Student receives Fulbright grant to study resistance to colorectal cancer therapies
Student Flávia Martins, from the Doctoral Program in Biomedicine at the Faculty of Medicine of the University of Porto (FMUP), and developing research at the i3S, recently received a Fulbright Scholarship that will allow her to develop part of her PhD in the United States and learn nanoimaging techniques to study resistance to colorectal cancer therapies.
Flávia Martins will have the opportunity to spend around six months at the Center for Physical Genomics and Engineering at Northwestern University (Illinois), in the group led by researcher Vadim Backman. This collaboration, she explains, “followed on the preliminary results obtained during my doctoral project, which revealed changes in the organization of DNA and the reprogramming of gene expression as possible mechanisms of resistance to anti-KRAS therapy in colorectal cancer”.
KRAS is the most frequently mutated oncogene in cancer. These genes are present in almost half of colorectal cancer patients and are negative predictors of treatment response. Due to its enormous relevance in various types of cancer, KRAS is considered one of the main therapeutic targets. However, the development of therapies to inhibit KRAS has been one of the great challenges in oncology. Although mutations were described approximately 40 years ago, it is only recently that we have available in the clinic a drug to inhibit one of the mutated forms of KRAS. However, clinical data demonstrate that tumor cells treated with this KRAS-directed therapy are able to tolerate the treatment and develop resistance mechanisms very quickly that allow them to continue to grow. It is therefore essential to identify the mechanisms that allow these cells to overcome KRAS inhibition and resume tumor growth.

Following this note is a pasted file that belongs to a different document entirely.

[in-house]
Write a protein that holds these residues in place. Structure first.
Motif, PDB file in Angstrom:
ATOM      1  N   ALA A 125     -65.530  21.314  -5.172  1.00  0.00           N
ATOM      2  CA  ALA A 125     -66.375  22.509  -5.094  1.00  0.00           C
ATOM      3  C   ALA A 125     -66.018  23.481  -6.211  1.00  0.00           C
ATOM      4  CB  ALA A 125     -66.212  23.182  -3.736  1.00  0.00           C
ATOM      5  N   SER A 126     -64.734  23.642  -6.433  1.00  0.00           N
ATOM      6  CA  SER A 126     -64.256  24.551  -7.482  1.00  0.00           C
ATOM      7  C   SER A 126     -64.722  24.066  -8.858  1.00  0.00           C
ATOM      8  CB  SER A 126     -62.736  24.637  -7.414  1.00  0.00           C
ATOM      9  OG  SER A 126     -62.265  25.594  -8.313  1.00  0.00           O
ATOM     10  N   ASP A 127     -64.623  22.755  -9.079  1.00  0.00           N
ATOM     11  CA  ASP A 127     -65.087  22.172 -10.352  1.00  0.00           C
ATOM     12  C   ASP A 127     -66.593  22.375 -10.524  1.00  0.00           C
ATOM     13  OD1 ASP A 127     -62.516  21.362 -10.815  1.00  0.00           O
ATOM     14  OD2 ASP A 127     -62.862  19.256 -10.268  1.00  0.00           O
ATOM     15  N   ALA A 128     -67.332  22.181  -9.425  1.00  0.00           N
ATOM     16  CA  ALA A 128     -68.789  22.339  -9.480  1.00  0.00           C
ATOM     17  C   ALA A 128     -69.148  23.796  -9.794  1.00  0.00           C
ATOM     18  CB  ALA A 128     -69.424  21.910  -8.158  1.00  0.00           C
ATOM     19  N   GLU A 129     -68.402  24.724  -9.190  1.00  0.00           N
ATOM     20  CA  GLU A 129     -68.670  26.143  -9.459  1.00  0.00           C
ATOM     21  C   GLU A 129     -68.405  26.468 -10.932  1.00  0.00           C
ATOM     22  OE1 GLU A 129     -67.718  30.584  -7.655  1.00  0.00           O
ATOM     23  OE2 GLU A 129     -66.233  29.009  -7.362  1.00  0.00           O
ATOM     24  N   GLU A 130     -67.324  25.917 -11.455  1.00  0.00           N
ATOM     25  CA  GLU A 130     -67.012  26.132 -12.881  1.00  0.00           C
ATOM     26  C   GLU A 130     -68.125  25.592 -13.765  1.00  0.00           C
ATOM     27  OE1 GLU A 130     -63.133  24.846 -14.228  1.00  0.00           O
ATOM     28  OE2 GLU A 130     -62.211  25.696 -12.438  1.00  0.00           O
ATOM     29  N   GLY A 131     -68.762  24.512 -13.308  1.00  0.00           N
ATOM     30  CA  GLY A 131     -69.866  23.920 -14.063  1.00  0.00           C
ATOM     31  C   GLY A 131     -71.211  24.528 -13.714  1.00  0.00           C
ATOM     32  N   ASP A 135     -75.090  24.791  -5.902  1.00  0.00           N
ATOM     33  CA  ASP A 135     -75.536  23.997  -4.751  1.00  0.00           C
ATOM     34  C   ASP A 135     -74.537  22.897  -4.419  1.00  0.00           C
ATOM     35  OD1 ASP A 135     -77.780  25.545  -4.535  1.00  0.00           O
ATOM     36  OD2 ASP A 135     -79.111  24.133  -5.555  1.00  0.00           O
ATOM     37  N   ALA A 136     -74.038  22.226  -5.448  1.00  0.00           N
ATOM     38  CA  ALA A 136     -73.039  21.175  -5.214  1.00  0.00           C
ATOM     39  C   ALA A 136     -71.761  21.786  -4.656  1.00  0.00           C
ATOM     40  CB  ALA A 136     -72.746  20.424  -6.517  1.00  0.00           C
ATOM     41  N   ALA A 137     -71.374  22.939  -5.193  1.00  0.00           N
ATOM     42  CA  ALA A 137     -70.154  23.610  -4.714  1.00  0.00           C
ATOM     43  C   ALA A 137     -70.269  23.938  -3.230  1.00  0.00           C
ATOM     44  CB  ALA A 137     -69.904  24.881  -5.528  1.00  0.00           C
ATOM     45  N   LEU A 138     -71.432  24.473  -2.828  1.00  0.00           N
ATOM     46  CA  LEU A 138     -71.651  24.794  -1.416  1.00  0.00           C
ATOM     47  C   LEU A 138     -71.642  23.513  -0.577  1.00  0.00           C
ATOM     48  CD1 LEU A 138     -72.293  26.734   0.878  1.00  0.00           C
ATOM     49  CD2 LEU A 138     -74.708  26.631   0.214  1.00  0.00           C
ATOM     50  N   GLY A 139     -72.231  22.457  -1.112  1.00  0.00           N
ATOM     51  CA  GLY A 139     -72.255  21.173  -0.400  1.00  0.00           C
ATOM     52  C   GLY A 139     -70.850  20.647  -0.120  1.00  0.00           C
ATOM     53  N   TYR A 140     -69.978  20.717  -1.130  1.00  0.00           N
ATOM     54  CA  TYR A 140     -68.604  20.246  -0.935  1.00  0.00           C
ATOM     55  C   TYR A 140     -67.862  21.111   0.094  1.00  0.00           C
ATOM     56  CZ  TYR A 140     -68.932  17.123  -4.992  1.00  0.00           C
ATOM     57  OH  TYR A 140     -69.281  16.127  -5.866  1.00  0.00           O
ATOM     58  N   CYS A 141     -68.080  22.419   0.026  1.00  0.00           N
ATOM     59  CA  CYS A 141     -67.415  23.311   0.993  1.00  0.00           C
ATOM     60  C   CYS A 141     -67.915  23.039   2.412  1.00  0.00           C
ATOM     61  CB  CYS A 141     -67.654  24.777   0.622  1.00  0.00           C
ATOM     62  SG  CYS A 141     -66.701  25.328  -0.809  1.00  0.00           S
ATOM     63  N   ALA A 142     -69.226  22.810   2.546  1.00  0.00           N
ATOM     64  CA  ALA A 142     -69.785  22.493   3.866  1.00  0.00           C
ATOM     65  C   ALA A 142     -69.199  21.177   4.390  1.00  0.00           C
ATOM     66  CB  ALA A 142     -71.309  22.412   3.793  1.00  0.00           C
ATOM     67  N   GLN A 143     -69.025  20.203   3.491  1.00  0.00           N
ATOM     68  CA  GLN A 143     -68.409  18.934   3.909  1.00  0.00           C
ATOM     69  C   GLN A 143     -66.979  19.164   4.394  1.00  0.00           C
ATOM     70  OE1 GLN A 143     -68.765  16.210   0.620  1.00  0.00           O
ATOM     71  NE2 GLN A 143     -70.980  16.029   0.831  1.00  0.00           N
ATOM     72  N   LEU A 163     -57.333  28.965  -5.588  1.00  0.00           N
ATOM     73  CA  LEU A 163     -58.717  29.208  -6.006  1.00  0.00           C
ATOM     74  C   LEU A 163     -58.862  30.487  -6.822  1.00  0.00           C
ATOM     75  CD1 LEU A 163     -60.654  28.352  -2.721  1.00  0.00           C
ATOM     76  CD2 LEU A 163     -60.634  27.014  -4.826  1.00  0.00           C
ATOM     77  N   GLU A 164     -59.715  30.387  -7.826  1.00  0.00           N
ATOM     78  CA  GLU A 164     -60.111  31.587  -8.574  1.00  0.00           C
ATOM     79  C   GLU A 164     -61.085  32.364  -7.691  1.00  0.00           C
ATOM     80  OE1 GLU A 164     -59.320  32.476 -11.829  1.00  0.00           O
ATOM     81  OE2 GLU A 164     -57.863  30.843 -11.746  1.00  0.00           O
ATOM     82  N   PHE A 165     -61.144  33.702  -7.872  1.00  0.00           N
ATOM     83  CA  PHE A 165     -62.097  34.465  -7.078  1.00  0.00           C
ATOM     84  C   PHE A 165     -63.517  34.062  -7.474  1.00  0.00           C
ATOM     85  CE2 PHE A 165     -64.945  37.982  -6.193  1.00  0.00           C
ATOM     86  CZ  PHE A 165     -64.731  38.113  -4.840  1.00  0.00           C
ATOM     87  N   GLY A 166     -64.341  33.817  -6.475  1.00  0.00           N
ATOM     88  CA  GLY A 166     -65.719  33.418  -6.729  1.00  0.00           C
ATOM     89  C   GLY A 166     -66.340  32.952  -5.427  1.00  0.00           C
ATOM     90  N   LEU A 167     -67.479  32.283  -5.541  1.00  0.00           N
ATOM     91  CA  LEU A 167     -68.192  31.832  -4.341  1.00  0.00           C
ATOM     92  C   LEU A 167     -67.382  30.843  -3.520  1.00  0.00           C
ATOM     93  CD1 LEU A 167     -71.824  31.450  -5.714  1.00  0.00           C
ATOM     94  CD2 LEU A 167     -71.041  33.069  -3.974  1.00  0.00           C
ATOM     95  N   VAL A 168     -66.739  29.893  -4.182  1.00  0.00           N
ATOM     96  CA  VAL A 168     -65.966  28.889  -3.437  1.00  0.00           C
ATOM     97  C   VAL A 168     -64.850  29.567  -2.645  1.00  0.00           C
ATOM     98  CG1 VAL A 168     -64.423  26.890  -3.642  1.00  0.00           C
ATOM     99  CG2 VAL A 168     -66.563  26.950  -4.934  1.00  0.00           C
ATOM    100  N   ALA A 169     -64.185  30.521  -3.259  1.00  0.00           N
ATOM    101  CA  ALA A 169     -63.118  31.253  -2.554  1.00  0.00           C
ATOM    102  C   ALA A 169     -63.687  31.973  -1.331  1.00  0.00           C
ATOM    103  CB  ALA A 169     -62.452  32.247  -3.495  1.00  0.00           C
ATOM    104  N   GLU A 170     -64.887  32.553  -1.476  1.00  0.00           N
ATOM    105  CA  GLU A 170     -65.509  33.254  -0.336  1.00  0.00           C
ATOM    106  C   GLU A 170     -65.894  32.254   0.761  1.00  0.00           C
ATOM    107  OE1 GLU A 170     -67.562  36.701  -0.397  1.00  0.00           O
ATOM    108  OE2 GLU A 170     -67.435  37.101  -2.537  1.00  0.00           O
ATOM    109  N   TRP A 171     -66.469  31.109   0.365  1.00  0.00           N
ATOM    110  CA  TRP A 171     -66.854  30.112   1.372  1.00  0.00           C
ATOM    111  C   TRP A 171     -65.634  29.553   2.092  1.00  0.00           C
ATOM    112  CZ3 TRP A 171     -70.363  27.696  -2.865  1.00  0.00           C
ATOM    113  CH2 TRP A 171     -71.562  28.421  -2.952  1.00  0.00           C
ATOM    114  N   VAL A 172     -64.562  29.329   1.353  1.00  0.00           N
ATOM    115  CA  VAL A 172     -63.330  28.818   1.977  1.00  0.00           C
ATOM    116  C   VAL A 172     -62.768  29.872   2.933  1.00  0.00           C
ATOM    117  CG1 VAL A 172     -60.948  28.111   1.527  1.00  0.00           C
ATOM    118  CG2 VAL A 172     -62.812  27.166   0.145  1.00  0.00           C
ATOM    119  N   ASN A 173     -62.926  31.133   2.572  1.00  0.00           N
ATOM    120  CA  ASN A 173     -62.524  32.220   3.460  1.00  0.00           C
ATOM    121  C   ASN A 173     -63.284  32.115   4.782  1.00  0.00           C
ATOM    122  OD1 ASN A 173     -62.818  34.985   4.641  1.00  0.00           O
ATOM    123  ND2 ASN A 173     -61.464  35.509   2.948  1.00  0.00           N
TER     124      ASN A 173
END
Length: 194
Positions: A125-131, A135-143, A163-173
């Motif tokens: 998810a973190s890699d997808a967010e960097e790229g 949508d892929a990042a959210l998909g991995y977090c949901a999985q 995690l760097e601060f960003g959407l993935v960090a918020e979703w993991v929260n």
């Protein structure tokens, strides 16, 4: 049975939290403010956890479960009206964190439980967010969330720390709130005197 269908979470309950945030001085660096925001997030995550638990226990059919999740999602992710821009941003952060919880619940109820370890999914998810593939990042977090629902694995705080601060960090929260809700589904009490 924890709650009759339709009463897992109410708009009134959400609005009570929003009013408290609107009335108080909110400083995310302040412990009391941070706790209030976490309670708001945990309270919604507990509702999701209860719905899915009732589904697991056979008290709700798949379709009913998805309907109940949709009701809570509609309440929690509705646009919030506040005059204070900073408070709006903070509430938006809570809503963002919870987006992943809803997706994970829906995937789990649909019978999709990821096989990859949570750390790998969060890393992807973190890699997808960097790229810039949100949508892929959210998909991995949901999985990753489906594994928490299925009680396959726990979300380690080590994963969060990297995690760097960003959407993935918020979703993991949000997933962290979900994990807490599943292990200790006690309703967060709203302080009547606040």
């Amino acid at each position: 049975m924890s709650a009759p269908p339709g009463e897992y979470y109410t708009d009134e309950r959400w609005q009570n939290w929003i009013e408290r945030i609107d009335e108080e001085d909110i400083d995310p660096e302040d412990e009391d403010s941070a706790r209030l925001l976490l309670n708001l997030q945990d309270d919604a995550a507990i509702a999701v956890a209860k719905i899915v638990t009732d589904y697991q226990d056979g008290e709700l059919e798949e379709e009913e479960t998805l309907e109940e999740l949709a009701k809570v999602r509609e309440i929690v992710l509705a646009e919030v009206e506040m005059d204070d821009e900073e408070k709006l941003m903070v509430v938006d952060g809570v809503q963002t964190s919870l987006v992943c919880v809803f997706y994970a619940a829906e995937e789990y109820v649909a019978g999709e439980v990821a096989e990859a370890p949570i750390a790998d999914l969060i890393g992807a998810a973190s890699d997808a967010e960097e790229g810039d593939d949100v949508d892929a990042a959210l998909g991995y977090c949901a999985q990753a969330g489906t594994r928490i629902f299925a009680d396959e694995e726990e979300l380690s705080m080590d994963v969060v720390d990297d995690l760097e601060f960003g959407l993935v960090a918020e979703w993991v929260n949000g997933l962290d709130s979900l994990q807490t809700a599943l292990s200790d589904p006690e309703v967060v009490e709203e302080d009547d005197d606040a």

In Professor Backman’s laboratory, Flávia Martins says “I will have the opportunity to deepen and complement these results through the characterization of the three-dimensional organization of DNA in the nucleus after activation and inhibition of KRAS using new nanoimaging techniques developed in her group”.
For Flávia Martins, who is developing her PhD in the group “Epithelial Interactions in Cancer”, under the supervision of researcher Sérgia Velho, these six months in the United States represent an “opportunity to learn techniques that do not yet exist in Portugal and, eventually, implement them in i3S. It also creates conditions to establish a new collaboration between i3S and a renowned US university”. Furthermore, she adds, “experiencing the reality of a laboratory outside Portugal will certainly help me to grow professionally and personally”.